Indian mining giant Adani has said it will go ahead with its $15 billion mine, rail and port projects in Australia's coal-rich Queensland state, amid speculation that the victorious Labor Party in the state may reverse the policy and create new trouble for the company.
In a statement, Adani Group said that the election result does not influence the company's financial decision making.
Unlike Liberal National Party which has supported the Adani's Carmichael project in the GalileeBasin, the victorious Labor Party in the last week's election has said the project must be self-sustaining and it will not commit any taxpayers money towards it.
Adani CEO Jeyakumar Janakaraj said the company will work with every partner and every government in ensuring that the important projects proceed.
He said Adani's decision to proceed or not to proceed with this important investment was based on one thing that was the cost basis of the project which remained the case.
Importantly the mine at Carmichael which lies at the heart of the projects, will be within the first quartile of the cost curve, he added.
Adani said it welcomes the opportunity to work with the new premier and discuss a project that will deliver 10,000 jobs and $22 billion in taxes and royalties that the state government needs to invest right back into frontline services in the state.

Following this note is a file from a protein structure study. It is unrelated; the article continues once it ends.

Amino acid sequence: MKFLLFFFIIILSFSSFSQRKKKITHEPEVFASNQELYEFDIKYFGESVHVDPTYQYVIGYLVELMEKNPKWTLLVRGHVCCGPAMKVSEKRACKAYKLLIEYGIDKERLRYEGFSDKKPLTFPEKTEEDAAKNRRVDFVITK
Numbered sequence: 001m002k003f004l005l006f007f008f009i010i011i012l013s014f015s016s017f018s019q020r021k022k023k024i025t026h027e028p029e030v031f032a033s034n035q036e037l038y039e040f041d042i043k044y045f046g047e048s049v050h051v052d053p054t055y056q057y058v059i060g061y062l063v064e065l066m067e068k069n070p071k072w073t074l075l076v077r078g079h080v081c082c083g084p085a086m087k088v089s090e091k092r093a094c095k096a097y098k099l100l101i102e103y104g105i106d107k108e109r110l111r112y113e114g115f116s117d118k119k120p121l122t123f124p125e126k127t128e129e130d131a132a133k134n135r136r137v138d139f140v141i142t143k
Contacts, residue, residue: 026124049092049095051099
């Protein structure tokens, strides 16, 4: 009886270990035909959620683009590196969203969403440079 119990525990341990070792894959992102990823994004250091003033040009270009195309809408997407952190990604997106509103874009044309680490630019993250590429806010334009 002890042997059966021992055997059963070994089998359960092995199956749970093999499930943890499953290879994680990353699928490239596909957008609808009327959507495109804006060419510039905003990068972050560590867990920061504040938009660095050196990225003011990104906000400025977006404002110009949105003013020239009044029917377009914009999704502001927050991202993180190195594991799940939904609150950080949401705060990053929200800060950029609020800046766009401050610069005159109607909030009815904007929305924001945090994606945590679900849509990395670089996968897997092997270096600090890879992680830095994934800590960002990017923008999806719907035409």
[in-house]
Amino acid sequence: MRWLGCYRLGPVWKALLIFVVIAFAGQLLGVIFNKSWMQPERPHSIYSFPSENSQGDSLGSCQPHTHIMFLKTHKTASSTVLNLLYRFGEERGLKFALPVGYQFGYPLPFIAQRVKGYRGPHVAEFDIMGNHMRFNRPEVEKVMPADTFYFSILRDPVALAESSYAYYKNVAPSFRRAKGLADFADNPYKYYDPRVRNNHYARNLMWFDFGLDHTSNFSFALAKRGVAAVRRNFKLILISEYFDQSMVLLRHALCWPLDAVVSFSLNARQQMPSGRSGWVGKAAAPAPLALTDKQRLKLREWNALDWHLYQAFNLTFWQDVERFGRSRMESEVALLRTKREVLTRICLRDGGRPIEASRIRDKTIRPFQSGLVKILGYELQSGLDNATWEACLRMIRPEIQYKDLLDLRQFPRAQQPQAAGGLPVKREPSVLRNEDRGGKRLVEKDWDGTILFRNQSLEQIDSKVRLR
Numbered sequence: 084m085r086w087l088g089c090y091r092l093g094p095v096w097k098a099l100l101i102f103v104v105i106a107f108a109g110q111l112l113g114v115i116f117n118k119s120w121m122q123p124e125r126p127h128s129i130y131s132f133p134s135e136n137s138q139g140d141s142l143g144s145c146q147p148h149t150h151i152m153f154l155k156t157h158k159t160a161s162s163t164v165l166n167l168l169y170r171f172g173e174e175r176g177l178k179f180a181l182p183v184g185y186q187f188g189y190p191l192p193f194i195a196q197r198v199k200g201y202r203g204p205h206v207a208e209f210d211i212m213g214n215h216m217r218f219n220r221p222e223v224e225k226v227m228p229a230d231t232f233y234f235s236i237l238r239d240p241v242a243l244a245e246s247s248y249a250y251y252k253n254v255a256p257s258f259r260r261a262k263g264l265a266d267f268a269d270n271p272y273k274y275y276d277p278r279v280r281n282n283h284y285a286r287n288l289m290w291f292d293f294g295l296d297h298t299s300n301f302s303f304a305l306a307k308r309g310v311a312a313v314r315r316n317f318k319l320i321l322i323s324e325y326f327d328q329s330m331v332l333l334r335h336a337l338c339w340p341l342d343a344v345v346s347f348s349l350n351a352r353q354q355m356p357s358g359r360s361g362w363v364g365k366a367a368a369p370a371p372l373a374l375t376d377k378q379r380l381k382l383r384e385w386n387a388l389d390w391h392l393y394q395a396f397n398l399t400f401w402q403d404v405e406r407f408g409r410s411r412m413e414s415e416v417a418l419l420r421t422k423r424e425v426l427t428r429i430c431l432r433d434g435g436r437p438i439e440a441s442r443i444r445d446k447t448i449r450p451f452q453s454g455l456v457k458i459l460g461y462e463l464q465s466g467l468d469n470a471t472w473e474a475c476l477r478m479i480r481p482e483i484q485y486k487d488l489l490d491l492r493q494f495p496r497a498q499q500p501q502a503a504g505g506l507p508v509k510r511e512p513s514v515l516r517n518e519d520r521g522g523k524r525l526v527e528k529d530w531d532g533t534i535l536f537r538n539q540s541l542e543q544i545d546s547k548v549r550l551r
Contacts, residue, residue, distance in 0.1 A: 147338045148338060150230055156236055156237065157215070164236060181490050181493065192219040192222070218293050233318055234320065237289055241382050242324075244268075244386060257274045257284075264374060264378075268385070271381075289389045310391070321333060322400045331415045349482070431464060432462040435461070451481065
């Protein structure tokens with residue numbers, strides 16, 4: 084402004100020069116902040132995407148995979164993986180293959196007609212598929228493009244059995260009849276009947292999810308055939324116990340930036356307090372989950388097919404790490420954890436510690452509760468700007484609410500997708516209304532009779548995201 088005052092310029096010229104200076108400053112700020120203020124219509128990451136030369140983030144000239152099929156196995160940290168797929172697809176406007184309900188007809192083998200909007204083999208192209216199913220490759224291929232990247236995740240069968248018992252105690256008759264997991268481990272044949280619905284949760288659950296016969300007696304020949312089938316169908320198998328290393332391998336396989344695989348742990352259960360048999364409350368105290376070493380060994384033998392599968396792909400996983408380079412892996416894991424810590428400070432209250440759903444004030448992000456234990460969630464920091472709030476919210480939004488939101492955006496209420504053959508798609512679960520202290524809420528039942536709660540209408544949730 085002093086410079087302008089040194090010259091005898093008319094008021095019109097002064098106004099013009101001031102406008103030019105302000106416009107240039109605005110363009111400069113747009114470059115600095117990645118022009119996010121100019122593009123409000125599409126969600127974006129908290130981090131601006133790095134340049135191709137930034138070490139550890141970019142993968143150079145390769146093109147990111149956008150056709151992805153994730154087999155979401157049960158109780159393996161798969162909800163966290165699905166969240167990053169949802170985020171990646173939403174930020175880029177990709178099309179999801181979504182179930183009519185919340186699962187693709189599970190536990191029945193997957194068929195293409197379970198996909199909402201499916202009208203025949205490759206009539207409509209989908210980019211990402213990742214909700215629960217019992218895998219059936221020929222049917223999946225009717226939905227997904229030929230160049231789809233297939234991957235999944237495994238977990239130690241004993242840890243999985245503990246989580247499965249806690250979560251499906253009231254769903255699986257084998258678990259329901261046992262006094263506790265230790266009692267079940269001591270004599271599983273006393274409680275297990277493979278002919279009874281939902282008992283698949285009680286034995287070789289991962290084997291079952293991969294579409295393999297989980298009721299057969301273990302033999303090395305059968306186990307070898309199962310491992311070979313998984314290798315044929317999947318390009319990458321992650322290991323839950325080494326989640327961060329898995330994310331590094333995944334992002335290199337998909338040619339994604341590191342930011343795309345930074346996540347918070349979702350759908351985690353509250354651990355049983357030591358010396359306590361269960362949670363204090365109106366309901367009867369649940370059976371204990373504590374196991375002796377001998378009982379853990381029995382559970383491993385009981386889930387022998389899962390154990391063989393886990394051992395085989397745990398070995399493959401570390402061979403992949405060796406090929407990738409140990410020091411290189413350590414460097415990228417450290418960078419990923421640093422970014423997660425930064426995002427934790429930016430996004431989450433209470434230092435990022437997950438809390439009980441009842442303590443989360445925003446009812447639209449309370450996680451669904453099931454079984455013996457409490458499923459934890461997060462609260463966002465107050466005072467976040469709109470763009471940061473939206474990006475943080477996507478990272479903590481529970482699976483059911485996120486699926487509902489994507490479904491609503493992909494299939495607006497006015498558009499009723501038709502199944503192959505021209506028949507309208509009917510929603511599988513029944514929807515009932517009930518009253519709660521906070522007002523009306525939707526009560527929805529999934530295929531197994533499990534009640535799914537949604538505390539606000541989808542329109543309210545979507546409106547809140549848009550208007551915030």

Tim Buckley of the Institute for Energy Economics and Financial Analysis, which opposes new coal developments, has pinpointed that the new Labor-led government elected has the key policy framework of "Saving the Great Barrier Reef".
The Labor Party has committed to remove state subsidies for the Galilee coal and associated rail projects, banning Reef dumping and to ensure no dredging is undertaken at Abbot Point prior to financial close on any project.
"This election result will return the focus of Adani's $15 billion Carmichael coal mine plus associated rail and port infrastructure proposal to the key questions of financial viability and strategic logic in the face of the structural decline of seaborne thermal coal markets," Buckley said.
Buckley said that under the "Saving the Great Barrier Reef" policy, the Labor Party has committed to ban the sea dumping of capital dredge spoil within the Great Barrier Reef World Heritage Area, it does not support the plan to dump dredge spoil from Abbot Point onto Caley Valley Wetlands and that the party would ensure that dredging does not go ahead until Adani has demonstrated its project has financial close.
"Labor will not spend taxpayer money to build a private rail line for a private commercial project...Labor will not do any secret deals," Buckley said about the party's policy.
"The commercial viability of Adani's Carmichael proposal without this government support is highly questionable," he said, adding at least the port project will not be allowed to commence until financial close, currently not scheduled until the end of 2015.
"There are serious questions for the incoming executive in Queensland to examine how and why such lavish promises by way of enormous public subsidies were made to the Adani group in the face of conventional economics and our, and many others, continued analysis that showed this proposal was unbankable on commercial terms," said Buckley.